NAIROBI (Reuters) - Burundi holds its first competitive presidential election next week since a civil war erupted in 1993, but simmering political violence and fears that campaign rallies could accelerate the spread of the coronavirus have already marred campaigning.
President Pierre Nkurunziza, who has faced accusations of political repression at home and abroad, is stepping down after 15 years in office, although the former rebel leader is set to remain a prominent force in the poor East African nation.
He has nominated retired army general Evariste Ndayishimiye as candidate for the ruling CNDD-FDD party, which staged a final rally on Saturday with thousands of people dancing to music, chanting slogans of support and waving flags.
“We will swallow our dark past which does not deserve to be our prison,” Ndayishimiye told the cheering crowd, promising “to do everything possible to end all the causes of conflicts” in Burundi, where 300,000 people were killed during the 12-year civil war that ended in 2005.
Six other candidates are running in Wednesday’s election, including opposition leader Agathon Rwasa, who is deputy chairman of the national assembly and leader of the CNL party.
Opponents boycotted the 2015 poll, accusing the government of election abuses and rights violations, charges it denied.
“The ruling party and the government is trying to show that this is a legitimate process,” said Nelleke van de Walle from the International Crisis Group, adding that Rwasa had been able to open offices and hold large rallies around Burundi.
But Burundi has said most election observers would have to undergo a 14-day quarantine. Journalists say they face constant threat of arrest or attack, and many have fled the country, while some civil society organisations have been closed.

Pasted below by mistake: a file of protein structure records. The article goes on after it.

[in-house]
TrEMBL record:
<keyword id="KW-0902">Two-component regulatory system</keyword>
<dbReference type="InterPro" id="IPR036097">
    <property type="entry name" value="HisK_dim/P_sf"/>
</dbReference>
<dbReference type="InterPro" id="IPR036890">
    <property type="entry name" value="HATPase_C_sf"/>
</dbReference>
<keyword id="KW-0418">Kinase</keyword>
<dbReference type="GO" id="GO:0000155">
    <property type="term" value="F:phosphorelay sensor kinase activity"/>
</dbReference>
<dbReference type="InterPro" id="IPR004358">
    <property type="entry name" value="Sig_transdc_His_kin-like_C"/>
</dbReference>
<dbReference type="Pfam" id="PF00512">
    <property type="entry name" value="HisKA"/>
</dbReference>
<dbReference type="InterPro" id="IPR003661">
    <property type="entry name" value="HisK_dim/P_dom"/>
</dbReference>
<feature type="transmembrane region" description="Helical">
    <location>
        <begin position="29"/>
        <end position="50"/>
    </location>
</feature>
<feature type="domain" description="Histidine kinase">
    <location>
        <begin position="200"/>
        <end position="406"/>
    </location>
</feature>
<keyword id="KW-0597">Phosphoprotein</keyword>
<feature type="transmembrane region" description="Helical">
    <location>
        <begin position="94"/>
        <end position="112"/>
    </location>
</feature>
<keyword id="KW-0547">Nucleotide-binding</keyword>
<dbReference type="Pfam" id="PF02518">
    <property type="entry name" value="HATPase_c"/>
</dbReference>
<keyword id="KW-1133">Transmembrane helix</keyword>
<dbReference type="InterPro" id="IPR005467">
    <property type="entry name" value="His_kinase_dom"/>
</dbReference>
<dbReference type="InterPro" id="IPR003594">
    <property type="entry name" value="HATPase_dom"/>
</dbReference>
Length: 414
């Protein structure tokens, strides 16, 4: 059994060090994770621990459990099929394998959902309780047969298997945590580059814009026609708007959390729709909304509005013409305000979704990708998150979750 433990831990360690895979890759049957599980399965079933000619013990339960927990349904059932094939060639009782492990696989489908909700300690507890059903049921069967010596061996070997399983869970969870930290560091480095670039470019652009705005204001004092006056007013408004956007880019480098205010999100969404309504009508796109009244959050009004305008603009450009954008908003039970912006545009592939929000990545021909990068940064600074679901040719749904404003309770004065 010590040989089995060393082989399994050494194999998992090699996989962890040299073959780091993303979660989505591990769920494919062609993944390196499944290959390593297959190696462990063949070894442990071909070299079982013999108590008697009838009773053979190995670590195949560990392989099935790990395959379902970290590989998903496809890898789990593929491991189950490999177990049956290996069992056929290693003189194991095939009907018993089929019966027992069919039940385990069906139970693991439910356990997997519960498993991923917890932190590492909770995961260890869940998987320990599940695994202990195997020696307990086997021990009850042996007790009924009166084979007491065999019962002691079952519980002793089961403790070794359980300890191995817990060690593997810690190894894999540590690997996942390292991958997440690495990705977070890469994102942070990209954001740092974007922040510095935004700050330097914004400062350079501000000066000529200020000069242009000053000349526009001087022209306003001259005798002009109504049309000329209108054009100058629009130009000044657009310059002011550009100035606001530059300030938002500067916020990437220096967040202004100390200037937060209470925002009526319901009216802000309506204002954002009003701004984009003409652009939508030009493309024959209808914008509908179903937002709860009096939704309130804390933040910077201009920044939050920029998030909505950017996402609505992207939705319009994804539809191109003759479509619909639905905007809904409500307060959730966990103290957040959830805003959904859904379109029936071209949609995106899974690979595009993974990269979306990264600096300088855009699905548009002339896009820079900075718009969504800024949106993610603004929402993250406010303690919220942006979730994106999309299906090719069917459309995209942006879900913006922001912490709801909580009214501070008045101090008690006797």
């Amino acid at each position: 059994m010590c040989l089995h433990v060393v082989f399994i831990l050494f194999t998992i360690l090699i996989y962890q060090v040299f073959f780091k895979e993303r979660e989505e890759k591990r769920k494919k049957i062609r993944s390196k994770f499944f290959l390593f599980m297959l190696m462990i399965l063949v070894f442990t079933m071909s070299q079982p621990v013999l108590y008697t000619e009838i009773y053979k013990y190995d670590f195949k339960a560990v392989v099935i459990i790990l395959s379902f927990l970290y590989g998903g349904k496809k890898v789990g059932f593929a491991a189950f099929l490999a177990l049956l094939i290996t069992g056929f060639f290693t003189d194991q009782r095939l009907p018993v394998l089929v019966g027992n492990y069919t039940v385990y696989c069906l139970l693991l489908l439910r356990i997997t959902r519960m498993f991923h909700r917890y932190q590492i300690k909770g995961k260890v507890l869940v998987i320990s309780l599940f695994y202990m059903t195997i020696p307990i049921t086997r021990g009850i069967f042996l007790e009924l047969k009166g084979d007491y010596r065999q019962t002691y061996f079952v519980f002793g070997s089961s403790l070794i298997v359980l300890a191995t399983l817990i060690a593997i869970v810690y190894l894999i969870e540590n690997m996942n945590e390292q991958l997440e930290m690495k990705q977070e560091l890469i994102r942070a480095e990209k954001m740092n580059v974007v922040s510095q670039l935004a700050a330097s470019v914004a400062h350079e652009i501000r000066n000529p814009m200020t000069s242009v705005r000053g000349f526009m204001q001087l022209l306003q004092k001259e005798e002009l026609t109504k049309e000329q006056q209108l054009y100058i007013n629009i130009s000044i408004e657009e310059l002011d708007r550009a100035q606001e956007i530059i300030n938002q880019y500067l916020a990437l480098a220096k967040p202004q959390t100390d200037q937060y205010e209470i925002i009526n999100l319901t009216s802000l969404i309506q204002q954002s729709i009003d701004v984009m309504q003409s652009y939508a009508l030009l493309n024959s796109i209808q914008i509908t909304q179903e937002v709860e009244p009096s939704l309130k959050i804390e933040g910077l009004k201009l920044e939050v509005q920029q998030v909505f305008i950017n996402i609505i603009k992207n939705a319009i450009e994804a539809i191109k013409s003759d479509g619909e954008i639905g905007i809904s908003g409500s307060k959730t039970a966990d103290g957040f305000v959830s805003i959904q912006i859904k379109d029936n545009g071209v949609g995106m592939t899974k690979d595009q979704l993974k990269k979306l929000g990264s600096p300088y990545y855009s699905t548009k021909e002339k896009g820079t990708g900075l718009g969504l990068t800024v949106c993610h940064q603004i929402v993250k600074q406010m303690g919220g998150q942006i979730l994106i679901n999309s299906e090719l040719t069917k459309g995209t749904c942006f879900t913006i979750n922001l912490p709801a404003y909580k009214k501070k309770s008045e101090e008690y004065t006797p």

The government shut the United Nations human rights office last year after its repeated criticism that the youth wing of the ruling party and security services were torturing, gang-raping and murdering political opponents.
Rights groups say attacks have increased in the run-up to Wednesday’s presidential, legislative and municipal elections.
Ndayishimiye and Rwasa were senior commanders in predominantly Hutu militias that fought in the civil war against an army that was led at the time by ethnic Tutsis. Nkurunziza came to power as part of a peace deal that ended the conflict.
The country was plunged into violence again in 2015 after Nkurunziza sought a third term in office, a move his opponents said violated the constitution and terms of the 2005 deal.
Nearly half a million people fled during that crisis five years ago and the battered economy has never recovered. Violent protests eventually subsided but low-level political violence continues.
One voter, too fearful to give her name even though she backed the ruling party, told Reuters she planned to vote for the CNDD-FDD because it offered better welfare for Burundians.
“They give us rice and beans and can build houses for the most vulnerable among us like elders or widows,” the 45-year-old vegetable seller said.
Nkurunziza will remain president until August, and a new constitution has given him sweeping powers to declare a state of emergency if the results are disputed.
This week, his government expelled the representative of the World Health Organisation in Burundi despite mounting fears that election rallies could help spread the new coronavirus.
The nation of 11 million has reported 27 cases so far but has only carried out about 520 tests in total.
Writing by Nairobi newsroom; Editing by Gerry Doyle and Edmund Blair